In light of such cultural heritage, Swander said, she has to laugh at proponents of English-only language laws. A mere two or three generations ago, Carroll County's own residents often spoke three languages - their native Irish and German, as well as English.
"How soon we forget," she said.
Interested in poetry that can be dramatized, Swander shared her delight in the life of her play, which has been a full eight-person play, a one-woman show, an entry at speech competitions, and a three-person production that toured in Ireland.
In contrast with a culture that so often forgets its heritage is that of a community of religious refugees that reflects their shared history in their clothing and customs, making them instantly recognizable.
"The Amish didn't look weird in the days they arrived," Swander explained.
But they did not change with the times. Rejected for their position as pacifists, they to this day refuse to wear mustaches or buttons, looks favored by the military generals of the day. Songs are sung incredibly slowly, described by Swander as more "chant-like" than music. This tempo harkens back to the European Inquisition, in which soldiers jeered the individuals by dancing to the songs they sung on their way to burn at the stake. By slowing the music, they slowed death, and robbed the soldiers of a beat by which to march, Swander explained.
Appointed Iowa's poet laureate by Gov. Chet Culver in 2009, Swander has visited all of Iowa's 99 counties.
"The greatest thing to me are the libraries in this state," said Swander, who has seen a range from tiny and flooded-out, to large, grand and beautiful. "The library system is fantastic, we have these wonderful librarians who create these programs, work their tails off to bring you great literature and media."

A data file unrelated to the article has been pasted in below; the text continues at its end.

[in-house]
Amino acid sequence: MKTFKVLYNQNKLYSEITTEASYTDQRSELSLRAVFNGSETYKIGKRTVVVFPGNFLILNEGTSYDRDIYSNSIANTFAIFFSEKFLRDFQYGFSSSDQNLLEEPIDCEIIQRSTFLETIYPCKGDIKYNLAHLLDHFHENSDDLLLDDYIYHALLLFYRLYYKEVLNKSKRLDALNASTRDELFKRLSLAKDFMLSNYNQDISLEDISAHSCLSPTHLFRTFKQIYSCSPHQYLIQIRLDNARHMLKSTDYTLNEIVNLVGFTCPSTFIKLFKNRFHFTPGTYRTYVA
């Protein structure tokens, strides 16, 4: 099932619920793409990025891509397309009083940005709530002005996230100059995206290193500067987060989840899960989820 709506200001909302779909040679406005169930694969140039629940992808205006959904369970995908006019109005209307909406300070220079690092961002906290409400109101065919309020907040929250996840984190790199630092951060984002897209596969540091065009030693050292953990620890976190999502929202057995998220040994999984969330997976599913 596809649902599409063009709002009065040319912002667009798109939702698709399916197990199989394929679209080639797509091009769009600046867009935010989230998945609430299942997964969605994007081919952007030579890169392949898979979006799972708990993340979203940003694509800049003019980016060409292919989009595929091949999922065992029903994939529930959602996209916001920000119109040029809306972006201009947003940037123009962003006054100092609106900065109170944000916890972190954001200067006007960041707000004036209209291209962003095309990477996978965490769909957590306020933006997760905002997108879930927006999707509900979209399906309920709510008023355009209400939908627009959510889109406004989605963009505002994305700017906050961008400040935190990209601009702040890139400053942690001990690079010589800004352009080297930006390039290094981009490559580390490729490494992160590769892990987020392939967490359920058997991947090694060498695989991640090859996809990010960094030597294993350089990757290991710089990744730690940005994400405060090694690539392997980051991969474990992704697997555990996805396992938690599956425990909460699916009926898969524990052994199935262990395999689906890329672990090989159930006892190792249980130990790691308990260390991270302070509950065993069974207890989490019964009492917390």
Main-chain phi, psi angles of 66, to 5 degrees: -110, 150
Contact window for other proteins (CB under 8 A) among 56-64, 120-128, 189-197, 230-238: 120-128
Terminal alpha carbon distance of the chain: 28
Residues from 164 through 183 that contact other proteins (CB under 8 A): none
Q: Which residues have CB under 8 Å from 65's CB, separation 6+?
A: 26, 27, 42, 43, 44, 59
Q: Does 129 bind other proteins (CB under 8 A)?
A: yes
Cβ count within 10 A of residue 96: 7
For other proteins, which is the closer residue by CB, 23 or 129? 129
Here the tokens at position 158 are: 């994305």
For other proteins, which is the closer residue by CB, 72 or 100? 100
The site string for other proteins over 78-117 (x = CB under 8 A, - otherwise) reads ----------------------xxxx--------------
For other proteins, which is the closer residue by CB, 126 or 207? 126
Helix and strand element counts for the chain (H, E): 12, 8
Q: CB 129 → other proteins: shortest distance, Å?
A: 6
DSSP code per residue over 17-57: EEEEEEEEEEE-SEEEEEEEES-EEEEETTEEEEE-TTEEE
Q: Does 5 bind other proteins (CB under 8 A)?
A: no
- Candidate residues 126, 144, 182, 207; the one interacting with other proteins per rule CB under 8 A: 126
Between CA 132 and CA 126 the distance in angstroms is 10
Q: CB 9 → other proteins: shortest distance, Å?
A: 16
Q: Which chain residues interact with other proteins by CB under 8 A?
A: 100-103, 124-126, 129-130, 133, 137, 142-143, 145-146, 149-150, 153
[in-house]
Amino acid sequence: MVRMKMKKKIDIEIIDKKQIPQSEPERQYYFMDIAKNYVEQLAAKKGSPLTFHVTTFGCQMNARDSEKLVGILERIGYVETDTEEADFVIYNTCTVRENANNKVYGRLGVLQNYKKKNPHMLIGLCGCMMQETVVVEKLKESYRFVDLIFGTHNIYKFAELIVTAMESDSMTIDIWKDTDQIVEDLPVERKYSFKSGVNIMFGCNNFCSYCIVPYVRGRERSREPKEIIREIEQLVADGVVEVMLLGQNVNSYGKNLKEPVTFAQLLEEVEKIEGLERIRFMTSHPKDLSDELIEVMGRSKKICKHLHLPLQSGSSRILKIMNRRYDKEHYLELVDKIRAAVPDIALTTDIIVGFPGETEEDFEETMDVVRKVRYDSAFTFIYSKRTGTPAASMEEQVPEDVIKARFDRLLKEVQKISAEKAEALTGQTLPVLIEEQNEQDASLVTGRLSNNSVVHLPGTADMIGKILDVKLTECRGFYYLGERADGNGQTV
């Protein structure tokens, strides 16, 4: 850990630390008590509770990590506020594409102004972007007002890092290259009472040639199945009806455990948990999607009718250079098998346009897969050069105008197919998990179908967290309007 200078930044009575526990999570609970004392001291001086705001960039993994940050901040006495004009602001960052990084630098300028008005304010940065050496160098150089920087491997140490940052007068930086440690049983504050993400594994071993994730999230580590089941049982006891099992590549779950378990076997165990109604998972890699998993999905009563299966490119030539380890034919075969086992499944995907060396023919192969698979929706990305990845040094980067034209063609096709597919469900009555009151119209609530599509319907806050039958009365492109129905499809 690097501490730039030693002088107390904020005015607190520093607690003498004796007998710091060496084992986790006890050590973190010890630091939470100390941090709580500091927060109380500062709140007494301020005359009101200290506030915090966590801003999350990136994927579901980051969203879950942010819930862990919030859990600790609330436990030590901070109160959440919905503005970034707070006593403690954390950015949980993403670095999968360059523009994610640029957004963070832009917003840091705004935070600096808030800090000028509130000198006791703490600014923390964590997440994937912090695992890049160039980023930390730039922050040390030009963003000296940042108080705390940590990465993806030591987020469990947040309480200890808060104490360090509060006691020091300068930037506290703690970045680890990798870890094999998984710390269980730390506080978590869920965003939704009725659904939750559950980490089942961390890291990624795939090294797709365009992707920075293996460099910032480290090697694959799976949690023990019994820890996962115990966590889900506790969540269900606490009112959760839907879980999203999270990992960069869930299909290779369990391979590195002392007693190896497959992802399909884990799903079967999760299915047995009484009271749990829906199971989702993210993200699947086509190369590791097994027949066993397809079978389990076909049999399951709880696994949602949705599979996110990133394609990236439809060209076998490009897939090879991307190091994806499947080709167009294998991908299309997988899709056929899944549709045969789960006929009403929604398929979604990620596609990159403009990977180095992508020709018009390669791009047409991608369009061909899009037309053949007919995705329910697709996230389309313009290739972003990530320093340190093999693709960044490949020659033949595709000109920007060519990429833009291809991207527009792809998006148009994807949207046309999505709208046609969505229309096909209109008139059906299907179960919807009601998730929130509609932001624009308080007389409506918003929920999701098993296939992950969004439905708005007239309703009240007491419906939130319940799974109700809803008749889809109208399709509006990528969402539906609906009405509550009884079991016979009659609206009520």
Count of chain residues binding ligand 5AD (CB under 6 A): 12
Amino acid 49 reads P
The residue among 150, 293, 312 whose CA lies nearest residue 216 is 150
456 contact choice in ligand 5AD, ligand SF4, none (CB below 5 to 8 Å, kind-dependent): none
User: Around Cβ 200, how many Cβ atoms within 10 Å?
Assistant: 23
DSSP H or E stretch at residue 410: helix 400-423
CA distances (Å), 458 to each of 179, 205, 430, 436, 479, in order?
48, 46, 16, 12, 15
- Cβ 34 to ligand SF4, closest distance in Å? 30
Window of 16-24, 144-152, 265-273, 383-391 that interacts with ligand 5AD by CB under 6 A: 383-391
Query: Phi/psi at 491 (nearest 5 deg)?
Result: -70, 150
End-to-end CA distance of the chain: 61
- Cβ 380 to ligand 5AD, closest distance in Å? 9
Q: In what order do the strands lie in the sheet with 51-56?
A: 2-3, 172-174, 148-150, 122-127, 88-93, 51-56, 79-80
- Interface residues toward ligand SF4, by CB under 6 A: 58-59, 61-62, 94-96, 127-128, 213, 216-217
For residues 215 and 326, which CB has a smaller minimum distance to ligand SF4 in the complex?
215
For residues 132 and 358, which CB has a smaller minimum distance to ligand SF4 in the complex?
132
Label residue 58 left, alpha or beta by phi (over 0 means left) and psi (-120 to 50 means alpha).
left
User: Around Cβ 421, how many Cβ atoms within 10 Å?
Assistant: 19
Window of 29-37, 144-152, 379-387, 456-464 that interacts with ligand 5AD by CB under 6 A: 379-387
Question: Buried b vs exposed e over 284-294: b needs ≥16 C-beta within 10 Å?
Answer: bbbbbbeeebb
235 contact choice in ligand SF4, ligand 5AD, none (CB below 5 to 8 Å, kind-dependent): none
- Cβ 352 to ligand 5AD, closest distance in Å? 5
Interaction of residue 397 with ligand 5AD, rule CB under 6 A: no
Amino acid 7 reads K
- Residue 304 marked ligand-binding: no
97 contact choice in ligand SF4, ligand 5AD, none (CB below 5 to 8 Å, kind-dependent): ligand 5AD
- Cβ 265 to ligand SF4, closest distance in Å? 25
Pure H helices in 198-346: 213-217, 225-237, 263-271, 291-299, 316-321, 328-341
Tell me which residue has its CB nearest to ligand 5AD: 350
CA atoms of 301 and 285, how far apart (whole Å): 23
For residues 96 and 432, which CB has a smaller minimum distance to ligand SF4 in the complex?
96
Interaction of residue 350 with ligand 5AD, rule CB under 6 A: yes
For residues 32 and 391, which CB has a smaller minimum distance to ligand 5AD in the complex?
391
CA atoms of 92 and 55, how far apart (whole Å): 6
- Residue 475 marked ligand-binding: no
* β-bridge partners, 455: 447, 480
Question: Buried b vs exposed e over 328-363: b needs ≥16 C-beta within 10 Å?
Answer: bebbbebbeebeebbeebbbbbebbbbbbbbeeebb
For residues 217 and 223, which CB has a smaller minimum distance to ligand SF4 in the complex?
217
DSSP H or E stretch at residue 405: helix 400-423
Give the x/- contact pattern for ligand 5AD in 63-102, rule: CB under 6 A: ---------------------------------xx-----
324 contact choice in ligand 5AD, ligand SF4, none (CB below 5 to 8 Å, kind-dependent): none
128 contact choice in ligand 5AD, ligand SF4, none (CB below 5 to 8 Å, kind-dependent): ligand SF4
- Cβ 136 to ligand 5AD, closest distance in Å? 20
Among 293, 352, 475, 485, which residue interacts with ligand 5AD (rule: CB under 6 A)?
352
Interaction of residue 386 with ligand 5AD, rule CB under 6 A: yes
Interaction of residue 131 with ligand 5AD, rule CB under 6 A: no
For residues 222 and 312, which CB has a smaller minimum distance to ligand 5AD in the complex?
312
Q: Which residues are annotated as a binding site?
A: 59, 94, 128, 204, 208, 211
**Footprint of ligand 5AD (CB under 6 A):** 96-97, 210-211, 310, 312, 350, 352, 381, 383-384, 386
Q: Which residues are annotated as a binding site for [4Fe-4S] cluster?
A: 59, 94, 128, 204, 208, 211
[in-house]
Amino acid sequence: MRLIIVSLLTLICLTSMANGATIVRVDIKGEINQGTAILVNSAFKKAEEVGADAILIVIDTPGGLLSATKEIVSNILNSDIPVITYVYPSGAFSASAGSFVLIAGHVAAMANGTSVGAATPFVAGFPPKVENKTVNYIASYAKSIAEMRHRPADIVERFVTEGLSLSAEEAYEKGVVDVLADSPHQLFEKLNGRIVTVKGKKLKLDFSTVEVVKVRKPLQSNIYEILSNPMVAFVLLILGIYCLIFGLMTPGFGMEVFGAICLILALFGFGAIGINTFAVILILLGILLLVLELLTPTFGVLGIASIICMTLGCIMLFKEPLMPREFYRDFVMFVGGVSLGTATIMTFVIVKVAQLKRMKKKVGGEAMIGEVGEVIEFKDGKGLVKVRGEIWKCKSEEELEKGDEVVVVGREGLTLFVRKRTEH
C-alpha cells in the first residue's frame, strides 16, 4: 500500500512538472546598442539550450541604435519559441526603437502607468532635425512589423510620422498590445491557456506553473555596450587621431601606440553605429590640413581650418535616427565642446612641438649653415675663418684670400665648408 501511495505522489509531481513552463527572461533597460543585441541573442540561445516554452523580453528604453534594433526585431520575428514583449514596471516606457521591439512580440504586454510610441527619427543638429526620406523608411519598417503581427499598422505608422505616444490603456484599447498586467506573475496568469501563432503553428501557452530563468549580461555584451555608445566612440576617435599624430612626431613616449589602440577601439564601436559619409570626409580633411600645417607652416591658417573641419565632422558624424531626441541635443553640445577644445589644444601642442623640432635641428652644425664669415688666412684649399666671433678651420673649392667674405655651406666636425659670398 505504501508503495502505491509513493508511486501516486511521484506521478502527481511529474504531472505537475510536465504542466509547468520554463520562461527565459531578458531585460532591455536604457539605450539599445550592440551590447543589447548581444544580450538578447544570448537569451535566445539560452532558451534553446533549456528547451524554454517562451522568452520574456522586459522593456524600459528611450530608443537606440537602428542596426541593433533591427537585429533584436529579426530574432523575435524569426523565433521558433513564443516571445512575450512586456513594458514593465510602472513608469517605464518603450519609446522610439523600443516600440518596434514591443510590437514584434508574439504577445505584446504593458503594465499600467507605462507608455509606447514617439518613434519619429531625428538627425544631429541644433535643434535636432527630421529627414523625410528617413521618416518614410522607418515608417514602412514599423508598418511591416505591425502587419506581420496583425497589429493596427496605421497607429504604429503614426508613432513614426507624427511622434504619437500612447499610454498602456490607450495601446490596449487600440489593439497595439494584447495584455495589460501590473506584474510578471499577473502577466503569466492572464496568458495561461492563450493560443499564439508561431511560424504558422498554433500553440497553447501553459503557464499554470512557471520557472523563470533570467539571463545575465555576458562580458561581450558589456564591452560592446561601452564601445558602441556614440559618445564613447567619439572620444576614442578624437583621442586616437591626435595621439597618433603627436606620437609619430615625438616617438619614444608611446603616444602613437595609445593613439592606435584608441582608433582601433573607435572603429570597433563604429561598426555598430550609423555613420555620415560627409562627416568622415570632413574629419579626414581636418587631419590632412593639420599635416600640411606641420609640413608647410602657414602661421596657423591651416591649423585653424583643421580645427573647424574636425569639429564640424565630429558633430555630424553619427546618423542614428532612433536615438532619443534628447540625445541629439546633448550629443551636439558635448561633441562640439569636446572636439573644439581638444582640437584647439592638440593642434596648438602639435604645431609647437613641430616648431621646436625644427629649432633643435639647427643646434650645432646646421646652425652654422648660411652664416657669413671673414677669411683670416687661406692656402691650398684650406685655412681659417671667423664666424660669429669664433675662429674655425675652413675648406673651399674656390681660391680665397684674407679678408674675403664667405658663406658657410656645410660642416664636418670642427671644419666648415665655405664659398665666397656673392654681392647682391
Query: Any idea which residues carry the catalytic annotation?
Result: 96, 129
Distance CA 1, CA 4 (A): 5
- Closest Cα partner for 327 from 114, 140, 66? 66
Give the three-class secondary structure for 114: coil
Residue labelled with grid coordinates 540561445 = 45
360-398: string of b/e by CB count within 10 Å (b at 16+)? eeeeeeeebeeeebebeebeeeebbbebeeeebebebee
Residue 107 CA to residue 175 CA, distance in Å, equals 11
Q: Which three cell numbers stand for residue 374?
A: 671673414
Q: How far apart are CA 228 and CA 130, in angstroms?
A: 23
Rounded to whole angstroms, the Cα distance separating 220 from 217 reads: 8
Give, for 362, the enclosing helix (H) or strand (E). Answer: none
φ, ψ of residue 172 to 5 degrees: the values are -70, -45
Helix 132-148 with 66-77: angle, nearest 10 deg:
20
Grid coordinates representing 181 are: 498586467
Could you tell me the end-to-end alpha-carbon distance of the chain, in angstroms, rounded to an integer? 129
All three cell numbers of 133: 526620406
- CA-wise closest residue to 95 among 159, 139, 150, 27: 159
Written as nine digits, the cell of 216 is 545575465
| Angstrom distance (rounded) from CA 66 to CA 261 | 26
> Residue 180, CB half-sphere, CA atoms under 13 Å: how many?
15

Swander's work throughout the years has included projects with the deaf and blind. However, the majority of her work falls into an agricultural drama niche. Her play "Vang" in particular is receiving wider play, with shows are also lined up in Missouri and Minneapolis. Library director Kelly Fischbach hopes to bring the play to Carroll as well.
"It's fascinating that such a magnificent person came from Manning, Iowa," said Rob Peters, who attended the library event. "She challenges us to think beyond our lives and is great at making applicable fine artistic things in our own environment."
Most recently, Swander founded an agricultural arts foundation, drawing from her original agricultural drama "Farmscape," which has been performed at the Rockefeller Foundation Center in New York and for U.S. Secretary of Agriculture Tom Vilsack and other members of his department. The goal of Ag Arts is to find the intersection of the two disciplines.
"It was amazing the shakers and movers of major museums and film companies and musicians, theater companies, foundations, all came together for a meeting on how to make Ag Arts a national organization," Swander said of the recent trip to New York. "You never know where your poet laureate is going to end up next, so stay tuned."